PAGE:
Trekking in Northern Laos isn’t very high but it’s steep, beautiful and fascinating.


PHONGSALI, Laos — You don’t realize how long a country like Laos is until you go to its northern border. Laos is 1,280 miles long. I went from sweltering along a river in Central Laos to freezing my membranes off in the Lao mountains. I sat in my crude hotel room in this quiet, mountain town of 15,000 about 10 miles from the Chinese border. Phongsali, the capital of the province that juts into southern China, is the jump off point for some of the best trekking in Southeast Asia. It felt like it. I sat on the hard bed in my black turtleneck and khakis, very thankful I brought a stocking cap. I’d need it all the next day when I’d try to stay warm in an Akha family’s bamboo shelter.

This is where Laos’ well-trodden tourist path veers off course. It is an absolute, stomach-turning ordeal to get here. I arrived from a 15-hour bus ride that was right out of the popular book series, “I Should Have Stayed Home.” This would be the “Public Bus Edition.” The bus I picked up in Luang Prabang looked fine from the outside. It was your basic pullman. But as I stepped inside I knew these 15 hours would feel like 15 days. The steps up were filthy. Black grease and dirt caked each step. Half the brown leather seats were broken. It was fortunately only half filled and I slid into one of the broken seats. I could use a seat that reclined almost horizontally. Forget the fact that a crane couldn’t return the seat to its upright position. I needed sleep.

It was 5 p.m.

From Luang Prabang to Phangsali is only about 250 miles. Yes, it took 15 hours. The road zigzagged as if going up one giant mountain. The bus rarely went more than 40 mph and stopped at every hamlet with a noodle shop. It slowly filled to the brim. I offered a mint to the young girl next to me. She took it without a word or smile. I brushed it off as an insolent youth rather than an indirect slap at an American whose military probably bombed her village or killed her grandfather.

Akha mother and children

Akha mother and children


Then I saw a young man hand her something else. It was a baby, maybe two or three months old wearing a red stocking cap. He must’ve been her young husband. She started breastfeeding him right next to me. I didn’t take offense to it. What I took offense to was when she adjusted her breasts, the kid kept landing in my lap, his eyes closed, waiting for the next tit.

Meanwhile, after only about five zags, a woman one row behind me and across the aisle started to get carsick. Violently. The driver’s assistant couldn’t get the little blue plastic vomit bags to her in time. One expulsion splattered on the floor, leaving a yellow and white mushy mosaic that started to wreak despite the drop in temperature. I found myself breathing through my mouth. Making matters worse, borrowing a page from FAA regulations requiring “all screaming children to sit within one plane row of John Henderson,” a kid behind the vomitorium started to cry like Pavarotti after he gets his hand slammed by a car door.

And it was only 8 p.m.

A woman's headdress indicates her marital status.

A woman’s headdress indicates her marital status.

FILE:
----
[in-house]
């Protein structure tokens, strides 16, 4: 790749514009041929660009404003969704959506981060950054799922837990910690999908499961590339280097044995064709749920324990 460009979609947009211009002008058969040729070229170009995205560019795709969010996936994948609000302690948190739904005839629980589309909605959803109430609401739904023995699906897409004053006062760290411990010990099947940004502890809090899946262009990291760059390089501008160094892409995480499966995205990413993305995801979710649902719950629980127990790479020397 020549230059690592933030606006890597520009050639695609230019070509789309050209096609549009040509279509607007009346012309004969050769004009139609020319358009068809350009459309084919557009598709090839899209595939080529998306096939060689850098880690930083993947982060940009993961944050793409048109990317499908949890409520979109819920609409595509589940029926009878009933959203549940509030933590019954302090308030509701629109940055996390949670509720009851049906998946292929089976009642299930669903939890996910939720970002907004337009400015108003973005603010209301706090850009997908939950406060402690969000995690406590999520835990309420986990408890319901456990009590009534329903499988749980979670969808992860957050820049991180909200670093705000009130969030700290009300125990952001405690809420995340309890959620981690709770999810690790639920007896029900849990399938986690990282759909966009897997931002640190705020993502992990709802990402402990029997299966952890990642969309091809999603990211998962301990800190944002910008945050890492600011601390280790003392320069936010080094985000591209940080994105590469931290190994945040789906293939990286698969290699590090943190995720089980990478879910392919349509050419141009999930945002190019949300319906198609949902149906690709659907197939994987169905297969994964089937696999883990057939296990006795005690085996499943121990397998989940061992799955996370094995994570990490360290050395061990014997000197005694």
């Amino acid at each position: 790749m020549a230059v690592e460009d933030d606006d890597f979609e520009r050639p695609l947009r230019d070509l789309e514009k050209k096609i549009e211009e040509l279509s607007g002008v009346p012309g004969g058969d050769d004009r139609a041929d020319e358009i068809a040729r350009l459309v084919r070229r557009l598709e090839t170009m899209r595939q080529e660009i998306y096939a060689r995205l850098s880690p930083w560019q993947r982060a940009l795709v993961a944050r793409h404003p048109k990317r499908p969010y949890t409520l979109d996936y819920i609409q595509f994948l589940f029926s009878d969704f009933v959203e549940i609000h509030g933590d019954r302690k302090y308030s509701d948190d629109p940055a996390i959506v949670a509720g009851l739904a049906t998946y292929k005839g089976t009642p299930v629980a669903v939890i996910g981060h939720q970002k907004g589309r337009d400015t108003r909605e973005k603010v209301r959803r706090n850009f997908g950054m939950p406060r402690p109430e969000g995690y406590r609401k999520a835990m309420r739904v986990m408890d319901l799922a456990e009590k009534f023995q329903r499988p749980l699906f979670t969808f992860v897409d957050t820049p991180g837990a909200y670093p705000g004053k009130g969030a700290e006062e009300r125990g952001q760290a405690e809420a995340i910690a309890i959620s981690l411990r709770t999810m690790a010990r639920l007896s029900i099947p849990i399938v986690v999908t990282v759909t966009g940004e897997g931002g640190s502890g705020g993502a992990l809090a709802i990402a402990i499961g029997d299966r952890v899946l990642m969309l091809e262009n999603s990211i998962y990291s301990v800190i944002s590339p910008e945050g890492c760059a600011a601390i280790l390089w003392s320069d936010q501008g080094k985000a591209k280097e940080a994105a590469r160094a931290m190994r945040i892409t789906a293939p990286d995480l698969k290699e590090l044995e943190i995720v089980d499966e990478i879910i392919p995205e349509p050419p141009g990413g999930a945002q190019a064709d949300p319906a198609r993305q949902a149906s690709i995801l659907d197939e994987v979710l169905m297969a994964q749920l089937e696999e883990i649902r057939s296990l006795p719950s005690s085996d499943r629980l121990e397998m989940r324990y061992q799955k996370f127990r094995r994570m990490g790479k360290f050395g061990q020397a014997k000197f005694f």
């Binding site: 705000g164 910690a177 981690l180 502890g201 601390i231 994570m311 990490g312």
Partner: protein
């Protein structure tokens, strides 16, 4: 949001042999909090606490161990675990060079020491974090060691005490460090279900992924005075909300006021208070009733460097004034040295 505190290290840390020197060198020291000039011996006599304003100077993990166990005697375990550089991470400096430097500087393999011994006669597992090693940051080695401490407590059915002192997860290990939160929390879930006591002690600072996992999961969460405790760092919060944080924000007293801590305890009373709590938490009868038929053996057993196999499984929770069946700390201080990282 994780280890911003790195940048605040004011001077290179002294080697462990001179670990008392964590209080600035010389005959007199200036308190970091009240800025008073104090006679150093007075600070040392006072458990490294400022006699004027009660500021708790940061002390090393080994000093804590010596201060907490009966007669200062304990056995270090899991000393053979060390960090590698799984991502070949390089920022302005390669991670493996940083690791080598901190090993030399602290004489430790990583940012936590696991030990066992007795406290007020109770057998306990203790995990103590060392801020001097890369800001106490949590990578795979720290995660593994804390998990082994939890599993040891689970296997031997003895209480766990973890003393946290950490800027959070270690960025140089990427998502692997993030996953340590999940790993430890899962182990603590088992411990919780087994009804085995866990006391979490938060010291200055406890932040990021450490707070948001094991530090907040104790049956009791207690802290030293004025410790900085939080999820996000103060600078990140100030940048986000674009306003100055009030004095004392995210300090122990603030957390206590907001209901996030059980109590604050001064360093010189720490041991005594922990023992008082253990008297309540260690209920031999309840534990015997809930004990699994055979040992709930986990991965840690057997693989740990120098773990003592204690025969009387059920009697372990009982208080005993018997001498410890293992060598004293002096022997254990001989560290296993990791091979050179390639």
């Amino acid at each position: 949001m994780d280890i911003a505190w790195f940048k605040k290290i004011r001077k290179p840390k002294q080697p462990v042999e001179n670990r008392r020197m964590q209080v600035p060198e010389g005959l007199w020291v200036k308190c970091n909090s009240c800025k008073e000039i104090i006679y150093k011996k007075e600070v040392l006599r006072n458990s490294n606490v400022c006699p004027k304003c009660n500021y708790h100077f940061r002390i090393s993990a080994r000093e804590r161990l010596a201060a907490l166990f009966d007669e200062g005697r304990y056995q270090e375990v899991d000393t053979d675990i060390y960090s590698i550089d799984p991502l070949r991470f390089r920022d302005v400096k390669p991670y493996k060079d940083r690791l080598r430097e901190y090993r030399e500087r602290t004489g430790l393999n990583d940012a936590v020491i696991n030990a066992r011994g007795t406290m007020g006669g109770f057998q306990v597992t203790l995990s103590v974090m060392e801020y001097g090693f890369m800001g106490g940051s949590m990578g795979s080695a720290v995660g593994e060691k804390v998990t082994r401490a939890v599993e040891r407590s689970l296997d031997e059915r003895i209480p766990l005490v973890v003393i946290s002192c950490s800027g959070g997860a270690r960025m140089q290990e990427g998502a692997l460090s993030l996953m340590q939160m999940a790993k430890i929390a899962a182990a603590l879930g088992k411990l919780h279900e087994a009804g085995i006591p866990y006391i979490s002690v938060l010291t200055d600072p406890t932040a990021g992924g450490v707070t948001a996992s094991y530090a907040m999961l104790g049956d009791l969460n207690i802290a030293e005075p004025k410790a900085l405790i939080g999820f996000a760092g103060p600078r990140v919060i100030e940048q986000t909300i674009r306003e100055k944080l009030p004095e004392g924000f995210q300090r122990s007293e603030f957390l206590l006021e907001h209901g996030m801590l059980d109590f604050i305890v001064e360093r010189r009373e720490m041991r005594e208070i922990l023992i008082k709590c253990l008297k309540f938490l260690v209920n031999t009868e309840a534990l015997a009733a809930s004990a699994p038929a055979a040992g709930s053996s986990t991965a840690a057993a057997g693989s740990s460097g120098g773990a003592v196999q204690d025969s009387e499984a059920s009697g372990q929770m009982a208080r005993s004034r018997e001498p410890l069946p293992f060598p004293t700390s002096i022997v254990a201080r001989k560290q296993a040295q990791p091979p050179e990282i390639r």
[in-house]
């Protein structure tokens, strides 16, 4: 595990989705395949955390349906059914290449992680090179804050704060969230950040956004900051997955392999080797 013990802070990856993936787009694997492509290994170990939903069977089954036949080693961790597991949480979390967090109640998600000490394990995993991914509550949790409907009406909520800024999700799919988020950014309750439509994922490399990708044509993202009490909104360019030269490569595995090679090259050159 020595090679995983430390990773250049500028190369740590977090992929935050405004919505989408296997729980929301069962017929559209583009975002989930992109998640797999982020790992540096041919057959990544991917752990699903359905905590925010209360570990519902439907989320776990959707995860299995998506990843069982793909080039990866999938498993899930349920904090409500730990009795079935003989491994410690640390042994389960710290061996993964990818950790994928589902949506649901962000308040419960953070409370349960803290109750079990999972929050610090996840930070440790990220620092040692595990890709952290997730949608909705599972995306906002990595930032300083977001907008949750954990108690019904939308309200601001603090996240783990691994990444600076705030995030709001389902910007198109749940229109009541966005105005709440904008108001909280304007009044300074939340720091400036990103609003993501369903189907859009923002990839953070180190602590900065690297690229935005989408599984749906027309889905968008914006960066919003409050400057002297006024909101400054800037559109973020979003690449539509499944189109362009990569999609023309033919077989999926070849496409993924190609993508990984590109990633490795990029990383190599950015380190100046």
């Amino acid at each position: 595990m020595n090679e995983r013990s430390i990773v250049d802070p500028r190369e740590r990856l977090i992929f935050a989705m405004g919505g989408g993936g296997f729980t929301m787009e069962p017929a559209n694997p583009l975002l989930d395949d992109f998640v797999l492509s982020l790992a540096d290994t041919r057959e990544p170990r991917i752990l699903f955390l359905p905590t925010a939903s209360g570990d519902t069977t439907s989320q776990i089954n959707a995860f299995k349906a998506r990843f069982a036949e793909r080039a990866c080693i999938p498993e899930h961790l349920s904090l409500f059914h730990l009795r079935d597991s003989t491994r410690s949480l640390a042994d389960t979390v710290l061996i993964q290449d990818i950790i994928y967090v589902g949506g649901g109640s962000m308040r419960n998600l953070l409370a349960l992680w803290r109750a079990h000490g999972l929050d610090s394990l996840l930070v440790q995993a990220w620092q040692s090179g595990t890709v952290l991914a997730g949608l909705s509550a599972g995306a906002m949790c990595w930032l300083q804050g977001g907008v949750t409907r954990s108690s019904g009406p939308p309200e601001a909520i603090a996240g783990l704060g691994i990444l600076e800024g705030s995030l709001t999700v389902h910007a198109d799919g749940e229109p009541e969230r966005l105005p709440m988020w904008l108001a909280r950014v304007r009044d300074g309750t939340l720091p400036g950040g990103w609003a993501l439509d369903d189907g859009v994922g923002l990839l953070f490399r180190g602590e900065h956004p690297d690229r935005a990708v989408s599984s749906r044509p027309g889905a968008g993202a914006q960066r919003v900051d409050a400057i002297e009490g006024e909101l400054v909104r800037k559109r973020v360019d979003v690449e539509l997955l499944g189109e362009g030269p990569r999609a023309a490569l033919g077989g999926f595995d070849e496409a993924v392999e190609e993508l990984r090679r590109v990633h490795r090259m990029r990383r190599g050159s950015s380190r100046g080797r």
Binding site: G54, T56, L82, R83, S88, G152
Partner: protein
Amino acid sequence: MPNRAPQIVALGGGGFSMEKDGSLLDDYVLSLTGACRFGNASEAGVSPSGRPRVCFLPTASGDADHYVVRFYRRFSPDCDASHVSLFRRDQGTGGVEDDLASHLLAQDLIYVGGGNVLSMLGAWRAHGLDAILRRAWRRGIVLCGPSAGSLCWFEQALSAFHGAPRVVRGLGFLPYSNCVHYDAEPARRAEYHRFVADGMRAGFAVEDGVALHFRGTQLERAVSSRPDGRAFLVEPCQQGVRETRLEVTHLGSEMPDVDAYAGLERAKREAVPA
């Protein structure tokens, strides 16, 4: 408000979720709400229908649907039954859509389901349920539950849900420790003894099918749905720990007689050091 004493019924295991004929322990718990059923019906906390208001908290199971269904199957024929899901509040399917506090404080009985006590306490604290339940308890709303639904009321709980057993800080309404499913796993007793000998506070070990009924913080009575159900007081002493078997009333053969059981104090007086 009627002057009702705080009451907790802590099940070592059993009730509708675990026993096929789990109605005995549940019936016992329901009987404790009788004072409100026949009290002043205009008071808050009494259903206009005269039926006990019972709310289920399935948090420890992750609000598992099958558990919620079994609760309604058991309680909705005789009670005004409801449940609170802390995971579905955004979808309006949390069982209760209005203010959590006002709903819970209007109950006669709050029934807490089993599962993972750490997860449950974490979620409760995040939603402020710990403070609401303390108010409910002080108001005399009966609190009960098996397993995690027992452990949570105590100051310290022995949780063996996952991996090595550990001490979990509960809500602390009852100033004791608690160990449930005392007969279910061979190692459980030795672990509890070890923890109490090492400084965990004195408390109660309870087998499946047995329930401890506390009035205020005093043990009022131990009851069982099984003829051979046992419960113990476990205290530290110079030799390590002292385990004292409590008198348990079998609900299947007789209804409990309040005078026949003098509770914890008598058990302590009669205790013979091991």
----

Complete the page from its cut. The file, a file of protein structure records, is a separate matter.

I tried to read but there wasn’t a single light when the bus started moving. We were a dark, black bullet heading into the mountains of northern Laos. I looked outside and saw brief snapshots of villages I would never hope to find on a map. What I made out were very crude houses on stilts to protect from flooding. Single bulbs shined from cracks in wooden windows. Rusted bikes and building materials stood outside crude fences or cracked courtyards. No restaurants. No parks. In the morning, chickens livened up the scenery as did tired women hauling water from a single hose into the house. Laos has 49 ethnic groups and I could see some wearing native garb, black skirts or pants with colorful hand-sewn designs. Their faces were wrinkled from age and too many years in the cold.

We were finally disgorged in Phongsali at 9:15 a.m. I joined Pablo, a French-Bolivian I met at the Luang Prabang bus station, to find organized treks through Amazing Tours, one of the top adventure companies in all of Laos. The last time I went trekking in this part of the world, in 1978 not far away in Northern Thailand, I got typhoid and lost 20 pounds in eight days. All I want this time is a good photo for my wall.

It won’t be hard. Here we were at the top of Laos, the bookend of the Himalayas. Not many people come to this part of the world. But Phongsali is definitely worth the trip. It is the provincial capital but a capital in name only. It has one main drag, a dusty two-lane road lined with cheap retail stores, open-air restaurants and government offices. Phongsali borders China’s Yunnan Province and Yunnan architecture is prevalent. The roofs curve upward at the end, a bit like a Chinese temple.

This is also the easternmost point of the Himalayan foothills. This is the end of the Himalayas and you can tell in Phongsali. The town is built on a hill. To get to a bowl of very good noodle soup, Pablo and I had to walk down the steep hill to reach this open-air terrace where a woman stirred a gigantic bowl of steaming noodles with a big pile of freshly cut pork next to it. From the main drag, I could peek through the single and two-story buildings to the valley below. It’s constantly covered in mist, particularly in the heart of Laos’ winter. A pond sits mysteriously at the bottom of the hill. So do the light standards of what looks like a large football stadium over the highway entering town.

Akha children rarely associate with other hill tribes.

Akha children rarely associate with other hill tribes.